• A lot of information was packed into this course, but it was always entertaining and FUN!

Most courses end, and that’s it.  Not The Lyrical Language Lab! At the end of the course, Renee provided us with a packet containing all of our assignments and her feedback. She is also creating an e-book of our course so we can review as needed. And, we had the opportunity to join an online group of course alumni so we can continue to learn and support each other. How wonderful is that?

I loved the class, and judging by the comments made by my classmates, everyone else did too.  I recommend this course for writers of all genres, but especially poets and picture book writers. Teachers who want a stronger foundation in poetry will also find this class beneficial.  

If you're looking to “punch up your prose,” add to your poetry toolbox, or add to your teaching repertoire, I hope you’ll head over to No Water River and check out The Lyrical Language Lab.

I can't end this post without mentioning another excellent resource.  If you are in need of coaching, consulting, or critiquing,  Mentors for Rent is the way to go!  Laura Purdie Salas and Lisa Bullard are the providers of this outstanding service. Both of these ladies have years of writing and coaching experience and share a wealth of knowledge about the business of writing for children. I can tell you from personal experience, they work hard to help clients reach their writing goals.  Check out their website for more details.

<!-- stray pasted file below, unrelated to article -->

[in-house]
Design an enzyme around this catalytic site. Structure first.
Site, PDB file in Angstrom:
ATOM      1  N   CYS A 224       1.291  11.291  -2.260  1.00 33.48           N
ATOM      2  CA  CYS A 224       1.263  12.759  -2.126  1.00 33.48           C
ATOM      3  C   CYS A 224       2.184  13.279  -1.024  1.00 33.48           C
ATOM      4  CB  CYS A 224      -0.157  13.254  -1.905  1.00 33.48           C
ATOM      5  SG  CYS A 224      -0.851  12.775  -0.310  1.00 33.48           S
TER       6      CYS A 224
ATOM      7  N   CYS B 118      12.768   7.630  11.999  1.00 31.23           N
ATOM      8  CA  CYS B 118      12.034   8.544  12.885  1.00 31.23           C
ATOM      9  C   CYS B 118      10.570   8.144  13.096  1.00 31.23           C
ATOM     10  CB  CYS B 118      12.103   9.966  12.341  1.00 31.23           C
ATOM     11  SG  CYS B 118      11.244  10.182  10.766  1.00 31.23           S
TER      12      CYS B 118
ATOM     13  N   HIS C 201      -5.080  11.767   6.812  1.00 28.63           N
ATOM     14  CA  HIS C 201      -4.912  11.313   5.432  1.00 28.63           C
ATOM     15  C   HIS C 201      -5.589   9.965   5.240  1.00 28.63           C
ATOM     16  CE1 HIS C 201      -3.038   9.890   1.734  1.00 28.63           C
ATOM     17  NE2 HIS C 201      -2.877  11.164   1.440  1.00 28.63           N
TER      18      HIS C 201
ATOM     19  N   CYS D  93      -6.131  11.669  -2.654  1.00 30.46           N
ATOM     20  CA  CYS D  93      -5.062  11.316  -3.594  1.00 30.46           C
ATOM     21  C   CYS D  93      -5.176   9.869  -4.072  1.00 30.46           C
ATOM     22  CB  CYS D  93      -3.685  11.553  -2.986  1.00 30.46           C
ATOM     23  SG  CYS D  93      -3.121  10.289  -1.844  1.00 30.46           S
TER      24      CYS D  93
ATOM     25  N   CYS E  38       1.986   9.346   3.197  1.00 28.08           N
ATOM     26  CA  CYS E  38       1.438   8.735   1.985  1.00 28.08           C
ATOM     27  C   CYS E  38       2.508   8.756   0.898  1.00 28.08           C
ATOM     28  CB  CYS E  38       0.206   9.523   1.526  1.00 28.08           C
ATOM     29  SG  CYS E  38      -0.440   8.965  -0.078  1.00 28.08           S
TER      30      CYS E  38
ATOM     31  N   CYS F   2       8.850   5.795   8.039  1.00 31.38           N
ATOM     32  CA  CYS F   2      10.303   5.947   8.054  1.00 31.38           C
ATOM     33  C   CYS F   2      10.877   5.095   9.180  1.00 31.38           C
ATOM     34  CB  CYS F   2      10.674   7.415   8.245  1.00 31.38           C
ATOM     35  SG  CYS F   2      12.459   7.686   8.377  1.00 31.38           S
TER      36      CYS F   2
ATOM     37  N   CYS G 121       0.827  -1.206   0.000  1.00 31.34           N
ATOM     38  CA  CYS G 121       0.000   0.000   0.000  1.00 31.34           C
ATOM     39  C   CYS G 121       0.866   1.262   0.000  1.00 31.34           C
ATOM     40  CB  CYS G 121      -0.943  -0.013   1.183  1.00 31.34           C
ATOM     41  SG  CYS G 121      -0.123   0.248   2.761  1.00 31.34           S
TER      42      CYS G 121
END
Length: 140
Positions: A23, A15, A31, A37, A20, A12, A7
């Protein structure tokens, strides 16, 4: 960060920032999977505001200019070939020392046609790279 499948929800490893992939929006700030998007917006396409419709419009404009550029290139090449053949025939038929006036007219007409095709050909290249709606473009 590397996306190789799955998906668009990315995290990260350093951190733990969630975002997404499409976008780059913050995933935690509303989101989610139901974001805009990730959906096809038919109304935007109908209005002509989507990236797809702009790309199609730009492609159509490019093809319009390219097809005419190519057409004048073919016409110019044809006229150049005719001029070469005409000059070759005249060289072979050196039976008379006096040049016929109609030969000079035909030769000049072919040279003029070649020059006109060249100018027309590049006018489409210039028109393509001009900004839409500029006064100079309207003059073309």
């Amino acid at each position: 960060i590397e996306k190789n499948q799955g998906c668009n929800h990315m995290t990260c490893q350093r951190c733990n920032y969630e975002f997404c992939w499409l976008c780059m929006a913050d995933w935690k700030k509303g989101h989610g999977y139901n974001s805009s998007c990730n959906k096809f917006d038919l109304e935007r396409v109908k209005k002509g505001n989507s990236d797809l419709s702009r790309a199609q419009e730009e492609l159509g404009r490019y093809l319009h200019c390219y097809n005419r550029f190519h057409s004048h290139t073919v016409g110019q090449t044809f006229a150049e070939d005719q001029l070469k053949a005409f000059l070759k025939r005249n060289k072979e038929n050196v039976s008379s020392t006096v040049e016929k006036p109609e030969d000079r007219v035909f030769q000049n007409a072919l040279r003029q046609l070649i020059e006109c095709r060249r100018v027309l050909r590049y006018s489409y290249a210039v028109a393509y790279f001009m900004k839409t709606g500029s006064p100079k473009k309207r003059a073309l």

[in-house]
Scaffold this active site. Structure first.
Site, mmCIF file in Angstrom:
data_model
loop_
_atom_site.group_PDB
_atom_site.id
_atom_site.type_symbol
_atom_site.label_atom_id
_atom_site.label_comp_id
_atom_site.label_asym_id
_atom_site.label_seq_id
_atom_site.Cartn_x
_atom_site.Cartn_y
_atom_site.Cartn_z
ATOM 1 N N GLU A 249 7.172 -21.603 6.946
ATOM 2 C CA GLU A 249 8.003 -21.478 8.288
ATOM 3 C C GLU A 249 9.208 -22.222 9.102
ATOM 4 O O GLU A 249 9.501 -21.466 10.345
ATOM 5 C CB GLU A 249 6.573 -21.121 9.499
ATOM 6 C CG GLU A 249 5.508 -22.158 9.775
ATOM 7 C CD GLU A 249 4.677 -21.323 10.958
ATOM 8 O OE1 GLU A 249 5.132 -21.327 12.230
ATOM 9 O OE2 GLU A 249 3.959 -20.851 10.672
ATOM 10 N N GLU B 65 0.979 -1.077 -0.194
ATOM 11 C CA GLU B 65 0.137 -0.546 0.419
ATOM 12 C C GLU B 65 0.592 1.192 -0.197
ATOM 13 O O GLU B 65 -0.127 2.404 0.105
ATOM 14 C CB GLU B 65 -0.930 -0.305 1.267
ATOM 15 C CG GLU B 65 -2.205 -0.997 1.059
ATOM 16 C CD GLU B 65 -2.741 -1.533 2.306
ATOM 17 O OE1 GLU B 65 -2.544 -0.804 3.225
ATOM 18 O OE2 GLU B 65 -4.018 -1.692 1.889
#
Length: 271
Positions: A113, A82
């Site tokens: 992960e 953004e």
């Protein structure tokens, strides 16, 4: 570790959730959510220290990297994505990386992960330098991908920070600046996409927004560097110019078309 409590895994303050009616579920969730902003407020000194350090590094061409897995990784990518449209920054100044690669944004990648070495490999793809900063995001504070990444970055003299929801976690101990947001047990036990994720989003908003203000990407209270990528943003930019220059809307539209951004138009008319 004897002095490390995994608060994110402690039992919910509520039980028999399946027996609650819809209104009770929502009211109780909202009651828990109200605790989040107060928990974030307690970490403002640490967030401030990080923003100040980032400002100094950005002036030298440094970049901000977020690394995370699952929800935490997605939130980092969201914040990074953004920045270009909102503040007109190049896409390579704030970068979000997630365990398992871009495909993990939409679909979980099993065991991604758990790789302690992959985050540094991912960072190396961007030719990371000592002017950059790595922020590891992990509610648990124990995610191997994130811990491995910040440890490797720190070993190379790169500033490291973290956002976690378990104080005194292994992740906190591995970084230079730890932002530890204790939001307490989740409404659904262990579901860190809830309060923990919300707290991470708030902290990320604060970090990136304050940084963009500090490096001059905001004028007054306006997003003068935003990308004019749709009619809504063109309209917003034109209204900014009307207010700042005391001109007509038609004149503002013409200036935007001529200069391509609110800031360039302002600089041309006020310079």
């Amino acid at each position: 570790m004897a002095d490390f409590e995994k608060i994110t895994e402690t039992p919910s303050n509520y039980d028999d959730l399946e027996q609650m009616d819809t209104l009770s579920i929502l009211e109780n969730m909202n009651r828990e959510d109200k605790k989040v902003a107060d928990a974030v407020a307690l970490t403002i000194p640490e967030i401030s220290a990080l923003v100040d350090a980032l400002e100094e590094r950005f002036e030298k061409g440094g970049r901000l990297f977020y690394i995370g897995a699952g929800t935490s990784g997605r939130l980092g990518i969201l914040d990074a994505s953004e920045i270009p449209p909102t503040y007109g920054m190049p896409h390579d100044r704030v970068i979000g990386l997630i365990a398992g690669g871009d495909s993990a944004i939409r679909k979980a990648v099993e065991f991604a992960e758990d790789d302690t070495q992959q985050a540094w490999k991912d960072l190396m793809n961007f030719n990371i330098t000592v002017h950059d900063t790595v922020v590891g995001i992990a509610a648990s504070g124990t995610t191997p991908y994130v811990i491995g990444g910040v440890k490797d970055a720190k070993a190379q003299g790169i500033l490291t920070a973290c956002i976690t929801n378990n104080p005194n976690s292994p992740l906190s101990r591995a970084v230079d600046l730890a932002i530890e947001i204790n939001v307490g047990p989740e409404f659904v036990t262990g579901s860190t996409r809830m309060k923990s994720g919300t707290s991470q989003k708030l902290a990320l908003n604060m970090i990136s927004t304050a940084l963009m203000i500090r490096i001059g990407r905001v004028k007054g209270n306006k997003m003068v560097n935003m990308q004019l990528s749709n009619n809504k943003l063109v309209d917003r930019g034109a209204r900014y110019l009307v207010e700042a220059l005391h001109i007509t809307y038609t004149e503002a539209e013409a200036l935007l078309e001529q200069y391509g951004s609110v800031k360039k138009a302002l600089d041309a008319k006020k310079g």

Okay, I hope I didn't sound too much like an infomercial, but I know there are folks like me who are looking for resources to reach the next level in their writing.

Now sit back, have a cup of tea, and let's enjoy today's poetry offerings.
Thanks for stopping by!


First Cup Edition

 Laura at Author Amok shares, "July 2 was the 50th anniversary of the Civil Rights Act. I'm celebrating with a post about Debbie Levy's latest picture book, "We Shall Overcome: The Story of a Song." In free verse, Levy covers the history of "We Shall Overcome" from slavery, to the Civil Rights Movement, and its worldwide popularity today."

Matt comes to us today with an original poem at Radio, Rhythm, & Rhyme.

Tabatha shares a roller coaster poem by Heidi Mordhorst at The Opposite of Indifference.

Robyn at Life on the Deckle Edge brings us fortune cookies and a poem by Irene Latham.